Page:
The difference between public/non-profit sector management and private sector management is supported by two argument which represent real differences in how public programs and private businesses strive to meet their objectives. First, public organizations do not always operate with objectives which can be clearly measured like in the private sector, which operates in a model of economic efficiency.
For example, a toy manufacturer is able to clearly set a goal of how much product to manufacture and sell, as well as establish a clear bottom line. This is not always possible in the public sector, where the goals aren’t so straightforward and there is no clear bottom line. So if a presidential directive calls for reducing poverty and the mission objectives include reducing “powerlessness” and “apathy", any measure of the success of this endeavor and the programs implemented along with it are going to be general and not easily identifiable. Traditional business or private sector methods of measuring success cannot be used in this instance. The end-result cannot be easily measured based on the establishment of one particular program or managerial factor.
One of the most influential people to have approached this question is Herbert Simon. In Simon’s highly regarded discussion on fact and value, Simon claims that public and private sector management, while sharing similarities in management methods, aren’t entirely similar. By accepting that the means of administration (the facts) are different than the ends (the values), one can assert that the values of the public sector differ from that of the private sector. The public sector values the public interest and political compromise, while the private sector values profit.
The second argument is that accountability differs largely between public and private organizations. Managers in public organizations are accountable to a much greater number of people and in turn are subjected to greater influence by those they are accountable to. This is will play a significant role in their decision making process as public administration is constantly under public scrutiny. The public manager will attempt to appease as many people as possible while achieving results. This adds to the complexity of their position as manager. Moreover, research supports the notion that organizational commitment is weaker in the public sector, so this will also influence public manager’s accountability.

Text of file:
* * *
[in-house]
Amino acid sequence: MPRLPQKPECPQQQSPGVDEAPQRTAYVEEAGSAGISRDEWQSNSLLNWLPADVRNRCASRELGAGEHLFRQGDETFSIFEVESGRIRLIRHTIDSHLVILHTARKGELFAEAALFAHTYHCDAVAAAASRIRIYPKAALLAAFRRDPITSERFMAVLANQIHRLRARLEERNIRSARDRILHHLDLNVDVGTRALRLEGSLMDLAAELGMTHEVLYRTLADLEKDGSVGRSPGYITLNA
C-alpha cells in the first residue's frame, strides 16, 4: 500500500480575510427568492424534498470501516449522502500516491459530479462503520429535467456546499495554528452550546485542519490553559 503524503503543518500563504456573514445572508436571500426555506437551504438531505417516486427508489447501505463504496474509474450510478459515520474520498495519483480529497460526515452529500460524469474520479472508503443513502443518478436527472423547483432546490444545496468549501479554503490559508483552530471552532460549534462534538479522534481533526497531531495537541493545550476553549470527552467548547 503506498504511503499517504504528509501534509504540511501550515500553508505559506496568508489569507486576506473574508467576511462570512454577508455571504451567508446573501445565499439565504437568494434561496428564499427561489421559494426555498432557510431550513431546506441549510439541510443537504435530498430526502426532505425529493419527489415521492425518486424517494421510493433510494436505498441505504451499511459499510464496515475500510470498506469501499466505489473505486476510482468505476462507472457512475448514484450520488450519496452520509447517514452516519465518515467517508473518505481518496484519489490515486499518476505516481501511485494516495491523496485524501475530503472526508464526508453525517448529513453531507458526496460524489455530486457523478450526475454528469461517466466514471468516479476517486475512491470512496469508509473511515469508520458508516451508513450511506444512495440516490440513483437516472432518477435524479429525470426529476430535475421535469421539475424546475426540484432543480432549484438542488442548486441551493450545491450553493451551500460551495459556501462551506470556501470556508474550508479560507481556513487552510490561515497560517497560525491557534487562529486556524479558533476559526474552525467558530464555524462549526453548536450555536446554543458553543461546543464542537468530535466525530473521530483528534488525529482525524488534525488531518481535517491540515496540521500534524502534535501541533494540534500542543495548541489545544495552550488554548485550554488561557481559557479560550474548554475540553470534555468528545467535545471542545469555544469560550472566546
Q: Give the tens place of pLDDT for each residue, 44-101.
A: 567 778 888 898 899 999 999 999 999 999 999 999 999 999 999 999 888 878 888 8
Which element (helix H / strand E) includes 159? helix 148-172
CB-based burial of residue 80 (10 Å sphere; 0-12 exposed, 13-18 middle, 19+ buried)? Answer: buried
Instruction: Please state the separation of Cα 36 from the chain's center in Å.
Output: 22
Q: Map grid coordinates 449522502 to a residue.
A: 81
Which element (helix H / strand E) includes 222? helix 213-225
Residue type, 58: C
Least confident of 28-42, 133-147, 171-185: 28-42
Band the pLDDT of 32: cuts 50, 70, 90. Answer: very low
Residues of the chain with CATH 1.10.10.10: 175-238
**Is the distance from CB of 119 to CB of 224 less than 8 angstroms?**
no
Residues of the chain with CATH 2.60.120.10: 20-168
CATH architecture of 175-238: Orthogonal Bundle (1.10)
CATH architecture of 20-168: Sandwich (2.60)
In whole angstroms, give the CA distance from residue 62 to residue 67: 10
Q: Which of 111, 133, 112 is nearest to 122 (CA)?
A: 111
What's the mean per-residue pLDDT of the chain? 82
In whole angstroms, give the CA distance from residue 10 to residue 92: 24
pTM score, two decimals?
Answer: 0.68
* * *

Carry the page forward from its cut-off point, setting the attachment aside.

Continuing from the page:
The private sector operates without the checks and balances of the public sector. They are accountable to shareholders and their focus remains on maximizing the bottom-line. Yes, there is a blurring of the public and private sector, and the business man is certainly more subjected to public scrutiny than in the past, but on the whole, the private managers maintain accountability too far less people than the public managers do. Private organizations are also far less transparent than public organizations as there is less demand for “sunset clauses” and other mechanisms to ensure public organizations do not become too powerful and overshadow the abilities of the private sector to function as needed.
With varying objectives and degrees of accountability, managing a public organization will differ greatly from private sector management.